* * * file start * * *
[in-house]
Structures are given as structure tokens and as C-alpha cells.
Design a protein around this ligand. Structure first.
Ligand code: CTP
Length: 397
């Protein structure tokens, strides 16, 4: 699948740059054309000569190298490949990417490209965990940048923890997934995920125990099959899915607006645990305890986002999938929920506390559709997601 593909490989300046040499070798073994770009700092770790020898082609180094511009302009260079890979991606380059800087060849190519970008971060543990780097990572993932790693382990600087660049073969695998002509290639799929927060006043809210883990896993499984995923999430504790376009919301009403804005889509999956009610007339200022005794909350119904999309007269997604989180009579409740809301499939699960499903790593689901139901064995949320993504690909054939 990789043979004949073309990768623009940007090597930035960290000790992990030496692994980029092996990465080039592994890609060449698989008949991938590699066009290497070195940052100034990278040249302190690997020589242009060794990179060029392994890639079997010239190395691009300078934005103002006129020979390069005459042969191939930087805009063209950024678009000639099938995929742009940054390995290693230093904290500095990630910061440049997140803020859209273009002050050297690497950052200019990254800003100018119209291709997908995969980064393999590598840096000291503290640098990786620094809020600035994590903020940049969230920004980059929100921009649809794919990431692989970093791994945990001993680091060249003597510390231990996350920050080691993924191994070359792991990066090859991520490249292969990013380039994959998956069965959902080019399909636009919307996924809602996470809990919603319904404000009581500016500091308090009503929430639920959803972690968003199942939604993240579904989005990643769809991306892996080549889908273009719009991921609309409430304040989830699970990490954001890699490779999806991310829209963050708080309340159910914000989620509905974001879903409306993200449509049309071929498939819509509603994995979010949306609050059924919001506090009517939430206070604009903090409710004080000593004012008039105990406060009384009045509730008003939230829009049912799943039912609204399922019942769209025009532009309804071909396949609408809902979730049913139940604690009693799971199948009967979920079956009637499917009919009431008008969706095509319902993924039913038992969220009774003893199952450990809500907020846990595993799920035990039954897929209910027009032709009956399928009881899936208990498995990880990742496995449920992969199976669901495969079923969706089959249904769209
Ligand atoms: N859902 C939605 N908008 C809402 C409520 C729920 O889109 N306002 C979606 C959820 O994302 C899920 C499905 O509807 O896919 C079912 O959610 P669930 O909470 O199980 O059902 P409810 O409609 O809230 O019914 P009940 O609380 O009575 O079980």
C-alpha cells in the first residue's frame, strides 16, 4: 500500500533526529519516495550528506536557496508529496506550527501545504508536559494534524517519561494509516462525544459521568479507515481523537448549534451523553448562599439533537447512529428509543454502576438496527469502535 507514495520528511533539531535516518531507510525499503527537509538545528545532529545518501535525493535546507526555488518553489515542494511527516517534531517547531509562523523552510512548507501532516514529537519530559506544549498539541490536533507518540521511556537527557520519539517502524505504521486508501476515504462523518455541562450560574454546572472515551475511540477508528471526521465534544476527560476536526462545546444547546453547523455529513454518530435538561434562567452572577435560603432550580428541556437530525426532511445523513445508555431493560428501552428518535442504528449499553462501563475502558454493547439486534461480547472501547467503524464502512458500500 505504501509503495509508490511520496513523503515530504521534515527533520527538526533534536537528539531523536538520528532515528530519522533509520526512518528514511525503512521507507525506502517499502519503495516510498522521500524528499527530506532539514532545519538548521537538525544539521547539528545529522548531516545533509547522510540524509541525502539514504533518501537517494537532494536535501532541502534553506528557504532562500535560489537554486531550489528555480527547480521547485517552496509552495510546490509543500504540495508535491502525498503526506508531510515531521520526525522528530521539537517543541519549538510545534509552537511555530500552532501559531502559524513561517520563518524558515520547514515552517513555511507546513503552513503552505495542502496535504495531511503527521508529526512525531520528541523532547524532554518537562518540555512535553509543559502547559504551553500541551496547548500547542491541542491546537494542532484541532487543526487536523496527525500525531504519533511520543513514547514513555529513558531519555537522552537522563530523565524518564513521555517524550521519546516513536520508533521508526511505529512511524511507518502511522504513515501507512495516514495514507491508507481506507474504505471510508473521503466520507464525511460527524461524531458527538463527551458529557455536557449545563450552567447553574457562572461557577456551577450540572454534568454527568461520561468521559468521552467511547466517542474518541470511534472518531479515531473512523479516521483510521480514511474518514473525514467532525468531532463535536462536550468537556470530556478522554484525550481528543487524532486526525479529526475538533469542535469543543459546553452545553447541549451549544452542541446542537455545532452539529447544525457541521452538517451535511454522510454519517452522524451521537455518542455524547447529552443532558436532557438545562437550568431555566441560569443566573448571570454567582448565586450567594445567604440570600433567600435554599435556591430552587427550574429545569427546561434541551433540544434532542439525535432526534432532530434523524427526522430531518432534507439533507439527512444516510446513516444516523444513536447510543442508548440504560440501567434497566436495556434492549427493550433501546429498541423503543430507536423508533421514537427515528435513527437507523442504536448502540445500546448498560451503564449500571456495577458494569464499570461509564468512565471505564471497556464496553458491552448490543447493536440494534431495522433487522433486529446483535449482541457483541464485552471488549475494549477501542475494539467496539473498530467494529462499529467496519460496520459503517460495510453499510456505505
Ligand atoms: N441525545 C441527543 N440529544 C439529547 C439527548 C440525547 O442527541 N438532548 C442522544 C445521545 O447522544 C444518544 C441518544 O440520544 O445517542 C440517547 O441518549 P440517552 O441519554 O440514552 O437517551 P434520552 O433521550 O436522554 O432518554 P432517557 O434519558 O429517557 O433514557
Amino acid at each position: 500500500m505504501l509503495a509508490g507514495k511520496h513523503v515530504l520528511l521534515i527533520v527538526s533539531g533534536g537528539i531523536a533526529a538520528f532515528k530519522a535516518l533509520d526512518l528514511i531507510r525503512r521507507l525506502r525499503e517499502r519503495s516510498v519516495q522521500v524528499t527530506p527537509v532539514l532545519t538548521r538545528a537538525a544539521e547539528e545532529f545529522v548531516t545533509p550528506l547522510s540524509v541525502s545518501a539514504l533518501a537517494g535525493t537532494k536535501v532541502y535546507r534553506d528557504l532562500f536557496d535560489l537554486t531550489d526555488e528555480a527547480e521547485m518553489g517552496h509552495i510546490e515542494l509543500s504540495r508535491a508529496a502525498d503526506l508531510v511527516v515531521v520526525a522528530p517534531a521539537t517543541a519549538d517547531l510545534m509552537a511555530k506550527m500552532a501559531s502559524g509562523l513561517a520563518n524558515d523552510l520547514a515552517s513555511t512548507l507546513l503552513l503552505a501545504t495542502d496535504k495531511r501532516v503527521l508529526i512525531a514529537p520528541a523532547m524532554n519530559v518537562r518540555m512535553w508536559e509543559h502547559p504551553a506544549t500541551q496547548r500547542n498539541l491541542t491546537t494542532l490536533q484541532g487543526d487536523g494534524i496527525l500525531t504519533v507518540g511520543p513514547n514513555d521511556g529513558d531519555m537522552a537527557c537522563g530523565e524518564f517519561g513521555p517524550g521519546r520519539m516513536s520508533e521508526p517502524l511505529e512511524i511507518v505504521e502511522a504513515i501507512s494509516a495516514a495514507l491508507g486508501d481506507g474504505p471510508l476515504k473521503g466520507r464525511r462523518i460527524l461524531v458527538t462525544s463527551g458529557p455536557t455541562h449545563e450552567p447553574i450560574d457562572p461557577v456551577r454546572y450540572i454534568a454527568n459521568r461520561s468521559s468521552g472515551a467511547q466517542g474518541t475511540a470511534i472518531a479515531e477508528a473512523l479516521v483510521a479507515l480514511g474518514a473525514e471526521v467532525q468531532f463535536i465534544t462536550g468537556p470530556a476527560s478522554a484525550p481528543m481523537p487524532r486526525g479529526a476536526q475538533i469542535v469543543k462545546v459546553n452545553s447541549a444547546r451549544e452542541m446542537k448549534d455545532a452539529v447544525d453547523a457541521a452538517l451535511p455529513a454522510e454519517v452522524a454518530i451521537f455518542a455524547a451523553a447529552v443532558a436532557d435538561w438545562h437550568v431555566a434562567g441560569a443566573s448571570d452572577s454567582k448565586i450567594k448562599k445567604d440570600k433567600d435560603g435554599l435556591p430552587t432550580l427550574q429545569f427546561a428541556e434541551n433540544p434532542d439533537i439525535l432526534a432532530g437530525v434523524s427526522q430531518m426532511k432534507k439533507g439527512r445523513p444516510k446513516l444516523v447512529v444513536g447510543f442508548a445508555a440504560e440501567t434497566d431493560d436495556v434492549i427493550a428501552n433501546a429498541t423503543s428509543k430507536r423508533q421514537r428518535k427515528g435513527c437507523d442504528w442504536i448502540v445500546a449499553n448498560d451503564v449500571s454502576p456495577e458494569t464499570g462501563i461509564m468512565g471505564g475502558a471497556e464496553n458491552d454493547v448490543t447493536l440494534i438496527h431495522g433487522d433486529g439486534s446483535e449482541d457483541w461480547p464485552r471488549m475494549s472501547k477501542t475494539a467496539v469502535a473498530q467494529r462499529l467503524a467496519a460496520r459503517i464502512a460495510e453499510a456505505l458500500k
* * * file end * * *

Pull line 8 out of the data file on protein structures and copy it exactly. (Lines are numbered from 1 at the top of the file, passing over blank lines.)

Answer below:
C-alpha cells in the first residue's frame, strides 16, 4: 500500500533526529519516495550528506536557496508529496506550527501545504508536559494534524517519561494509516462525544459521568479507515481523537448549534451523553448562599439533537447512529428509543454502576438496527469502535 507514495520528511533539531535516518531507510525499503527537509538545528545532529545518501535525493535546507526555488518553489515542494511527516517534531517547531509562523523552510512548507501532516514529537519530559506544549498539541490536533507518540521511556537527557520519539517502524505504521486508501476515504462523518455541562450560574454546572472515551475511540477508528471526521465534544476527560476536526462545546444547546453547523455529513454518530435538561434562567452572577435560603432550580428541556437530525426532511445523513445508555431493560428501552428518535442504528449499553462501563475502558454493547439486534461480547472501547467503524464502512458500500 505504501509503495509508490511520496513523503515530504521534515527533520527538526533534536537528539531523536538520528532515528530519522533509520526512518528514511525503512521507507525506502517499502519503495516510498522521500524528499527530506532539514532545519538548521537538525544539521547539528545529522548531516545533509547522510540524509541525502539514504533518501537517494537532494536535501532541502534553506528557504532562500535560489537554486531550489528555480527547480521547485517552496509552495510546490509543500504540495508535491502525498503526506508531510515531521520526525522528530521539537517543541519549538510545534509552537511555530500552532501559531502559524513561517520563518524558515520547514515552517513555511507546513503552513503552505495542502496535504495531511503527521508529526512525531520528541523532547524532554518537562518540555512535553509543559502547559504551553500541551496547548500547542491541542491546537494542532484541532487543526487536523496527525500525531504519533511520543513514547514513555529513558531519555537522552537522563530523565524518564513521555517524550521519546516513536520508533521508526511505529512511524511507518502511522504513515501507512495516514495514507491508507481506507474504505471510508473521503466520507464525511460527524461524531458527538463527551458529557455536557449545563450552567447553574457562572461557577456551577450540572454534568454527568461520561468521559468521552467511547466517542474518541470511534472518531479515531473512523479516521483510521480514511474518514473525514467532525468531532463535536462536550468537556470530556478522554484525550481528543487524532486526525479529526475538533469542535469543543459546553452545553447541549451549544452542541446542537455545532452539529447544525457541521452538517451535511454522510454519517452522524451521537455518542455524547447529552443532558436532557438545562437550568431555566441560569443566573448571570454567582448565586450567594445567604440570600433567600435554599435556591430552587427550574429545569427546561434541551433540544434532542439525535432526534432532530434523524427526522430531518432534507439533507439527512444516510446513516444516523444513536447510543442508548440504560440501567434497566436495556434492549427493550433501546429498541423503543430507536423508533421514537427515528435513527437507523442504536448502540445500546448498560451503564449500571456495577458494569464499570461509564468512565471505564471497556464496553458491552448490543447493536440494534431495522433487522433486529446483535449482541457483541464485552471488549475494549477501542475494539467496539473498530467494529462499529467496519460496520459503517460495510453499510456505505